What You Need to Know: 5 Ideologies of Educational Philosophy
In today’s society many believe in ideologies and use these beliefs to govern their actions. Just as important as ideologies are to society, education also benefits from incorporating them into educational philosophy. In this article five ideologies of educational philosophy will be observed including Nationalism, Ethno-nationalism, Liberalism, Conservatism, and Marxism.
Nationalism is a national spirit, the love of a country, and the emotional ties to the interests of a nation and the symbols that represent it. The United States, rather than having a national educational system, has 50 state school systems that work together and use similar methods. Nationalism began to be established in the 19th century. Its effects on education were studied by Isaac Kandel and Edward Reisner, who identified three primary themes reflected in the curriculum. The first is that all nations have a history. The combination of the nation’s history and myths creates a nation’s collective memory. The collective memory evokes the same response throughout the nation’s public. For example, when the national anthem is played in the United States, the response evoked is almost universally that of profound respect, indicated by standing, removing one’s hat, and placing the right hand over the heart.
The second theme is helping people recognize that they are unique individuals, different from others within the nation. Teaching each individual that his or her voice counts and demonstrating this within the political system is evidence of nationalism.
Finally, nationalism maintains a theme of space and time. Nationalism allows people to identify with a particular territory that has borders, a name, a capital, and a relatively common culture in most instances. In America, this theme is demonstrated in many of our patriotic songs, including “America the Beautiful” and “This Land Is Your Land.” Demonstrating their nationalism, Americans rally to defend the themes in these lyrics. Nationalism is reflected in education as the nation looks to pass on the cultural heritage, to develop patriotism and loyalty to a nation. It also teaches and instills the common etiquette required at national ceremonies and creates a collective consciousness and awareness toward the nation as a whole. Furthermore, a national identity is constructed when a common language is adopted and patriotism is demonstrated.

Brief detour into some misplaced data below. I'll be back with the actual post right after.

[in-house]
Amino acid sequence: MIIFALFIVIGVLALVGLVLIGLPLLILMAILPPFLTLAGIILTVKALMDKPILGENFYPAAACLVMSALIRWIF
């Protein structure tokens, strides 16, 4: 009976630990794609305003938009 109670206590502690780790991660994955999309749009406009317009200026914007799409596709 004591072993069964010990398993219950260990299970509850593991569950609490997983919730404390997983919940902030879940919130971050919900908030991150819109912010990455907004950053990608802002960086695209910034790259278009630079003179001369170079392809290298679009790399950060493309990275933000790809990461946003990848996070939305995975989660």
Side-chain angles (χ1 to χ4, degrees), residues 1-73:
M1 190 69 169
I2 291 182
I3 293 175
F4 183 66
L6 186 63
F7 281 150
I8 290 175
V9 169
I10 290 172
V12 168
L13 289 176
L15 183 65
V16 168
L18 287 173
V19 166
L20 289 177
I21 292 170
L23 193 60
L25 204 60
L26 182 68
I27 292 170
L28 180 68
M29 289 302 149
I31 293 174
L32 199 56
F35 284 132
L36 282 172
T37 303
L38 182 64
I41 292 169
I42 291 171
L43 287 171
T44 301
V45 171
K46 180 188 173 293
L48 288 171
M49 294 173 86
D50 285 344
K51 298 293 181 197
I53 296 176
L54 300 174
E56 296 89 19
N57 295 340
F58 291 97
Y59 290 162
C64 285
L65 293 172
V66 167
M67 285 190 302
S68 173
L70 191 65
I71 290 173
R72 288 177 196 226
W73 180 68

A specific form of nationalism unique to the United States is known as American exceptionalism. The achievements and dominance of the United States in the global arena show that it is an exceptional country with a manifest destiny. American schools are agencies for instilling this sense of national pride, national identity, and loyalty. Schools are also viewed as unique institutions that are established to educate the future generations of an exceptional population.
Ethno-nationalism has some similarities to nationalism, but is actually loyalty to a particular ethnic or racial group rather than to a nation. In the multiethnic environment of the United States, however, ethno-nationalism may cause relative division between various ethnic or racial groups. Certain groups may believe that, due to their common ethnic or racial origin, members have the same ancestors and can be regarded as “relatives.” Examples of ethno-nationalism include the differentiation between the Gujarat and Punjab tribes of India, Croatians and Bosnians of the former state of Yugoslavia (now divided into several countries) and the Hutus and Tutsis of Rwanda, where ethno-nationalism had devastating consequences for part of the national population.
An ethno-nationalist education not only creates resistance to cultural and educational imposition by other groups; it also uses it positively to preserve and extend the particular ethnic group’s identifying characteristics. One way that ethno-nationalism is preserved in education is to use the ethnic “mother tongue” rather than the official national language in the classroom. Another way is to include the ethnic group’s literature, history, and traditions in the curriculum.